Johann Hari’s NY Times bestseller about the causes of addiction and depression brings a lot to the table. So did his TED talk in 2015 at the TED Global conference in London titled “Everything you know about Addiction is wrong”. But does Hari’s notion that the lack of connection in people’s lives is the root cause of addiction hold ground? Can connection really prevent or be the cure for addiction? Let’s take a look at Hari’s proposition and what it entails.
Johann Hari’s Premise
According to Hari, it’s not brain chemistry that decides addictions or drug use. It’s more about the environment the individuals were part of and their social influences. How did he come to this conclusion? He travelled over 40,000 miles to nine countries to meet social scientists who were discovering that depression isn’t caused by chemical imbalances in the brain or by faulty genes, but as a result of faulty social environments that individuals were subjected to.
An example that Hari uses as part of his TED talk case is that of a grandmother going in for hip replacement surgery. While in the hospital for a few weeks the grandmother is treated with diamorphine to ease her pain. Hari explains that while the heroin bought on the streets is never 100% pure, diamorphine is the purest form of heroine. Technically, addictions to drugs are said to develop after 21 days of continued use. Yet when the grandmother comes out of the hospital after three weeks, she hasn’t turned into a drug addict. Although the risk factors for addiction in the hospital were higher, most people who are treated in hospitals with diamorphine do not turn out to be addicts at all. Hari thus contradicts the universal belief in drug induced addiction.
Hari uses the decriminalisation efforts of the Portuguese government as an example of how connection can help drug addicts break free of their addictions. Around 2000, Portugal had nearly 1 percent of its population addicted to heroin. Their war on drugs only made matters worse. So they did something different. Drugs were decriminalised and the money that was once spent on arrests and jailing addicts was redirected to reconnect them. The government helped them get housing and subsidised jobs, and entered them into treatment programmes. As a result, 15 years later drug use in Portugal was down 50 percent.
Hari also cites the Rat Park experiment to explain why individuals who are connected do not become drug addicts and individuals who reconnect find it easier to stop substance abuse. For example, the rats in the Rat Park which was more like a rat heaven did not opt to take morphine although they had an ample supply of it. It was only the rats that were in isolation that drank morphine. Hari examines the social factors that are causes of addiction – trauma, loneliness, hardship, disconnection and more – and submits that reconnection and finding methods of reconnecting may really be the cure for addiction and other psychological conditions such as depression and anxiety. And that reintroducing an individual to society, giving them a reason to wake up in the morning and making them feel like a part of something is the key to fighting drug addiction.
What is ‘The Rat Park’?
The Rat Park was a study conducted by Bruce Alexander, and looked at drug addiction among rats in the 1970s. He conducted the study with colleagues at the Simon Fraser University in British Columbia and published his paper in 1981 in the Psychopharmacology journal.
Alexander’s study was based on the hypothesis that addiction isn’t caused by drugs or their addictive properties, but by living conditions of the subjects. He built a large housing colony for rats that was 200 times the size of standard cages. The cage was filled with food, playing wheels, colourful balls, plenty of mating space and about 16 to 20 rats. This cage was a sort of rat heaven and was called The Rat Park.
Groups of rats spent varying amounts of time in The Rat Park or in isolation. The rats had the option of drinking fluid from two drop dispensers; one dispensed water while one dispensed morphine.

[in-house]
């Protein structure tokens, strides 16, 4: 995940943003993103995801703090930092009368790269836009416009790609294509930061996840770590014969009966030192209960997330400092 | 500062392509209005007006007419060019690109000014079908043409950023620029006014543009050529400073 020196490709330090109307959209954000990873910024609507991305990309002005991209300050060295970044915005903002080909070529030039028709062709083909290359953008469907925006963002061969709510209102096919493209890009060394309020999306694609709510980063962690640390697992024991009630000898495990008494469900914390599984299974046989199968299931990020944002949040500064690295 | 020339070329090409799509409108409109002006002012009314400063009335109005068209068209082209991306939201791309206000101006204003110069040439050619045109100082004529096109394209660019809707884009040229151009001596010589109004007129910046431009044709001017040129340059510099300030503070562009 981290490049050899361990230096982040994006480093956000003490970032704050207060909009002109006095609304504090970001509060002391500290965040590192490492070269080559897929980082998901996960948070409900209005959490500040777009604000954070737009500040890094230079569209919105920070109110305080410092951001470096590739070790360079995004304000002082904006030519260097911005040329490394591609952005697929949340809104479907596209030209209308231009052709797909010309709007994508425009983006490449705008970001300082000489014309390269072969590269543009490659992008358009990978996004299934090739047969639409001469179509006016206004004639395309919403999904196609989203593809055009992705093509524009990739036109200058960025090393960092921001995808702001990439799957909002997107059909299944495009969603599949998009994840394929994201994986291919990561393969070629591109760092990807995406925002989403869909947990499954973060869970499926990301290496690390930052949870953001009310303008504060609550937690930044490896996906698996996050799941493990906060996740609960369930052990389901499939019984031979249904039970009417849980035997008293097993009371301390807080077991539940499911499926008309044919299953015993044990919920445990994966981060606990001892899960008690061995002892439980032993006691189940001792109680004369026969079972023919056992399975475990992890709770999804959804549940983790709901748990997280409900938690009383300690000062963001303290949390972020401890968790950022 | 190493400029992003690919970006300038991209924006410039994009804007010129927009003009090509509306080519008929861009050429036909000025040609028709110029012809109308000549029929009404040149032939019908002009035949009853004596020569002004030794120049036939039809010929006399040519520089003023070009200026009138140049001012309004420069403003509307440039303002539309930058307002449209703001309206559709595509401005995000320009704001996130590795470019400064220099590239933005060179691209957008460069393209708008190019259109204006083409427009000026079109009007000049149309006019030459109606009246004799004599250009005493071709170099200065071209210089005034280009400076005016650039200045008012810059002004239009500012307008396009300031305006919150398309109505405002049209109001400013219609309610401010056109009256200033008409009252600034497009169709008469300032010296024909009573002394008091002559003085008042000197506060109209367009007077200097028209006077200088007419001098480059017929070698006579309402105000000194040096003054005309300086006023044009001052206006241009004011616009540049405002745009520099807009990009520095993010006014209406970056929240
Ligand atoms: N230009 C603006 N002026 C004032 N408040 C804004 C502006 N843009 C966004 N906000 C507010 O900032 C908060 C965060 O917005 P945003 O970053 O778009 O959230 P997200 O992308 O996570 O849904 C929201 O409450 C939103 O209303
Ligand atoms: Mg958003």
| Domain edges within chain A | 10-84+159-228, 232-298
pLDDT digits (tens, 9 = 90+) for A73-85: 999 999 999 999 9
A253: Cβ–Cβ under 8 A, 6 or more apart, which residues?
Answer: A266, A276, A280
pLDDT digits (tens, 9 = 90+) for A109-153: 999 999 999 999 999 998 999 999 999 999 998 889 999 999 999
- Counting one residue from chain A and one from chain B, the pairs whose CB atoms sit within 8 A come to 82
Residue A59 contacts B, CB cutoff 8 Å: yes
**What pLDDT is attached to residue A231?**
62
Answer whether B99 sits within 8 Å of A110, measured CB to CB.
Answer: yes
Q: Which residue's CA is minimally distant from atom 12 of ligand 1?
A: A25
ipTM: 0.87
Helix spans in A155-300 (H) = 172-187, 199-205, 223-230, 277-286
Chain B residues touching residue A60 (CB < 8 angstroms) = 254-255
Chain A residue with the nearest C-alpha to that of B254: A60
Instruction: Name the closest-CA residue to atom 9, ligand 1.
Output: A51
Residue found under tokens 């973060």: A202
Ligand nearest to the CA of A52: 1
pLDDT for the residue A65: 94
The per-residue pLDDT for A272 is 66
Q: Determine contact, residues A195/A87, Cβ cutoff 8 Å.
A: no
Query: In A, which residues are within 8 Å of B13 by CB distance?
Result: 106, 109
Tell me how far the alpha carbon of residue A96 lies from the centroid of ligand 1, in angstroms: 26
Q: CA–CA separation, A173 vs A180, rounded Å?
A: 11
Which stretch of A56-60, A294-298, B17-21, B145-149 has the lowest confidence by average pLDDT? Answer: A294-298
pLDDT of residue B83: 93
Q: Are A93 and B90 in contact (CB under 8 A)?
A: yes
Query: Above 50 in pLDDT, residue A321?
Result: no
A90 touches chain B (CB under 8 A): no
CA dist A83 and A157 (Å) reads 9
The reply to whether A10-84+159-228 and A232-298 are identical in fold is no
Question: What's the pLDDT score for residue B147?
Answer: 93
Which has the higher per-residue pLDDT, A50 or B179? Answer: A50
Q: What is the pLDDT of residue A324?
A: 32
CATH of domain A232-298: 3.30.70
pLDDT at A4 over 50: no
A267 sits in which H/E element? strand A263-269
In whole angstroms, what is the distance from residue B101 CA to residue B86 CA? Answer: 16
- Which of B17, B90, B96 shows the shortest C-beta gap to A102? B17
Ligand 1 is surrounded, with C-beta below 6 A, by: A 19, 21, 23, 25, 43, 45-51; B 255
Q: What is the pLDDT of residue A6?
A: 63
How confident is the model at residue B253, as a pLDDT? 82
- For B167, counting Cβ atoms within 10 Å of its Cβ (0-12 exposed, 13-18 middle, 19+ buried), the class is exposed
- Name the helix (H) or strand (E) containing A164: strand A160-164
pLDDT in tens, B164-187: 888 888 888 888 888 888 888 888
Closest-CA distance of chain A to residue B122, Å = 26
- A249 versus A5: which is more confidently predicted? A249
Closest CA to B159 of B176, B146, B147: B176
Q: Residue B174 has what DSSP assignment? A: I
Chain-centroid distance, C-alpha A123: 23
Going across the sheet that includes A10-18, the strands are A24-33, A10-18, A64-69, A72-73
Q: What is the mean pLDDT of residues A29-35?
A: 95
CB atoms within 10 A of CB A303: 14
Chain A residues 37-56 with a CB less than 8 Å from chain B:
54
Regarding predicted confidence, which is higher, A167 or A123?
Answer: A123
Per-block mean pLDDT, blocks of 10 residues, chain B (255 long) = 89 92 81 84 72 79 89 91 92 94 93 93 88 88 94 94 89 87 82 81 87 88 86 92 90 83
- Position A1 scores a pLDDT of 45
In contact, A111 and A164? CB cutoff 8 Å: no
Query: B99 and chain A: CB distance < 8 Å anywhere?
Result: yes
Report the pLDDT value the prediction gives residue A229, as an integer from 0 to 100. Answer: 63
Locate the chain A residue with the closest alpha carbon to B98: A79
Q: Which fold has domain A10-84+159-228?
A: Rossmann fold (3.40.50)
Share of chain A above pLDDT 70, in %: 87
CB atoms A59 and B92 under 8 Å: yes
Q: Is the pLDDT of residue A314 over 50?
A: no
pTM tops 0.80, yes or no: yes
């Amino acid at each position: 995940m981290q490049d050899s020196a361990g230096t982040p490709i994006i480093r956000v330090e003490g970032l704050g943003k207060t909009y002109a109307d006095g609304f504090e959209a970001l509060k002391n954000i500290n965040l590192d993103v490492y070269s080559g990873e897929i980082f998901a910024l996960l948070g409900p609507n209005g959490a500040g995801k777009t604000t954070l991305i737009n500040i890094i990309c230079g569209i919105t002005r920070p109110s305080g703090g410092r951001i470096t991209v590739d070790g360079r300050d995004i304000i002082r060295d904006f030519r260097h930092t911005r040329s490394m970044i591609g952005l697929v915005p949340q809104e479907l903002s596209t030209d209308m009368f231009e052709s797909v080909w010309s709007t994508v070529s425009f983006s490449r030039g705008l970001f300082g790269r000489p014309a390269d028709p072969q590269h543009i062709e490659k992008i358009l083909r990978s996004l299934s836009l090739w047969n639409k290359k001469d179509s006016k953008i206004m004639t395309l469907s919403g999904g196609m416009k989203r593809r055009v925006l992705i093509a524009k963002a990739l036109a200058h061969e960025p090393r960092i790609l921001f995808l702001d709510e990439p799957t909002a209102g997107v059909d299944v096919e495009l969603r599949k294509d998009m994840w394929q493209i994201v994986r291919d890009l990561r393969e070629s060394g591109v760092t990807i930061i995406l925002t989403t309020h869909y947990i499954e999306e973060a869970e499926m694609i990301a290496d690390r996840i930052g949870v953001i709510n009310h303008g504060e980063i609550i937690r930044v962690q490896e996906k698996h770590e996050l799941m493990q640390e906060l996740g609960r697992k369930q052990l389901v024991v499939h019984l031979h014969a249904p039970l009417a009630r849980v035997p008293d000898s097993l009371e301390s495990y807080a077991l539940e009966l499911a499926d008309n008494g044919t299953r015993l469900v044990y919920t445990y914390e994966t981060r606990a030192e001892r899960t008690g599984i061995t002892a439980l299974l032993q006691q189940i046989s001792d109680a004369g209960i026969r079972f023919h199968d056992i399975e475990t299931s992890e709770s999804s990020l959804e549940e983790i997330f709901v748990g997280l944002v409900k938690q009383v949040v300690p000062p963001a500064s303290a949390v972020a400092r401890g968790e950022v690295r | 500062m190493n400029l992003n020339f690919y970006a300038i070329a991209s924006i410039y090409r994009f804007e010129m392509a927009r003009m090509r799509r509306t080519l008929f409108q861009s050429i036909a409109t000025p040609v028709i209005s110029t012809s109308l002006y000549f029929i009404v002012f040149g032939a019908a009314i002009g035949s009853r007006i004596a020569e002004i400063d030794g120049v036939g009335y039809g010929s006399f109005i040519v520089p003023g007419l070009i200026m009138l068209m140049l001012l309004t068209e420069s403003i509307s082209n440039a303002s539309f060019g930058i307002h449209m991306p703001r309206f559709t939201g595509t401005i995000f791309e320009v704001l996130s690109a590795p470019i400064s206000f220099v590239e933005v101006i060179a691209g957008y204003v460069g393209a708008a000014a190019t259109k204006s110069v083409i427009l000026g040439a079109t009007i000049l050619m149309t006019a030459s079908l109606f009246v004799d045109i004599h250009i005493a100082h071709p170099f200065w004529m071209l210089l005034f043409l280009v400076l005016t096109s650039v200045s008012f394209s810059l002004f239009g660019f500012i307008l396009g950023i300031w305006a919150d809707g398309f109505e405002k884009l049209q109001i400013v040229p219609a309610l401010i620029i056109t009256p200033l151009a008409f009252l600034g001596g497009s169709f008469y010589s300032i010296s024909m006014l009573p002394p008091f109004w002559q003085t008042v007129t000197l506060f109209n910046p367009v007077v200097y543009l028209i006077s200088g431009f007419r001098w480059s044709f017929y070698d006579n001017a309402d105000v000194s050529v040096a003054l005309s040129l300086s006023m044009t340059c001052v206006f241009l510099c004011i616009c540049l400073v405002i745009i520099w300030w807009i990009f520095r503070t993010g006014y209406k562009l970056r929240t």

Alexander found that the rats in isolation instantly took to the morphine; and later still opted for the morphine although they were also given a choice of water. The rats in The Rat Park did not. The Rat Park rats tried the morphine occasionally but rejected it in preference for water. Alexander found that the rats in isolation drank 19 times more morphine than those in The Rat Park. However, the rats in the Rat Park preferred communal activities like eating, playing, mating and fighting.
Alexander found the most interesting group to be the ones that started out in isolation and later moved to The Rat Park. Although these rats had been drinking only morphine while in isolation, they rejected the morphine when they entered The Rat Park and opted for plain water. He wrote that this group showed minor signs of withdrawal such as twitching, but no seizures or sweats. Alexander’s experiment proved that although rats in isolation chose drugs, the rats in The Rat Park did not choose drugs though they were easily available. He found that affinity of isolated rats or people to drugs differed from the response of normal rats or people to drugs. Alexander said that ‘normal’ people can ignore drugs even when it was amply available in their environment.
Does The Rat Park Situation Apply to Humans?
Although Hari applies The Rat Park situation to humans and claims that connection is the cure for addiction, it’s not as clear cut as that. As Dr. Adi Jaffe points out, life is not stress free. Individuals suffer from imperfect marriages, psychological and physical abuse, depression, dietary limitations, wars and trauma. Earth is not a utopia, and individuals affected by traumatic experiences, bad circumstances, or biological problems may struggle with drugs. Jaffe also expands that “genetic differences, neonatal circumstances and early nutrition can alter brain mechanisms making people more or less susceptible to trauma”. Yes, many people can use drugs without getting addicted; but some individuals have a greater need for alternate coping mechanisms and the temporal relief that drugs provide them. Also, while connection may be a vital step on the road to recovery, Hari was not the first to discover this. 12-step programmes such as Alcoholics Anonymous and Narcotics Anonymous were putting alcoholics and drug addicts into groups where they could form support systems that provide them with real and reliable connections decades before The Rat Park experiment.
The Rat Park exhibits that environment is one of the important risk factors for addiction development. But the premise that you take a rat out of the cage and he will automatically be fine is false when applied to humans. Hari touts lack of connection to be the singular cause of addiction, and that people who feel caged form addictions to drugs and other bad habits. But simply taking drugs away from an addict or putting him into a work programme is not enough. The addict has to be taught how to deal with his environment. He has to learn how to handle the triggers that cause him to shoot up or to smoke or drink. Depending on the substance being abused, he may have to detox slowly under guidance of a doctor to prevent the adverse withdrawal symptoms like seizures or black outs.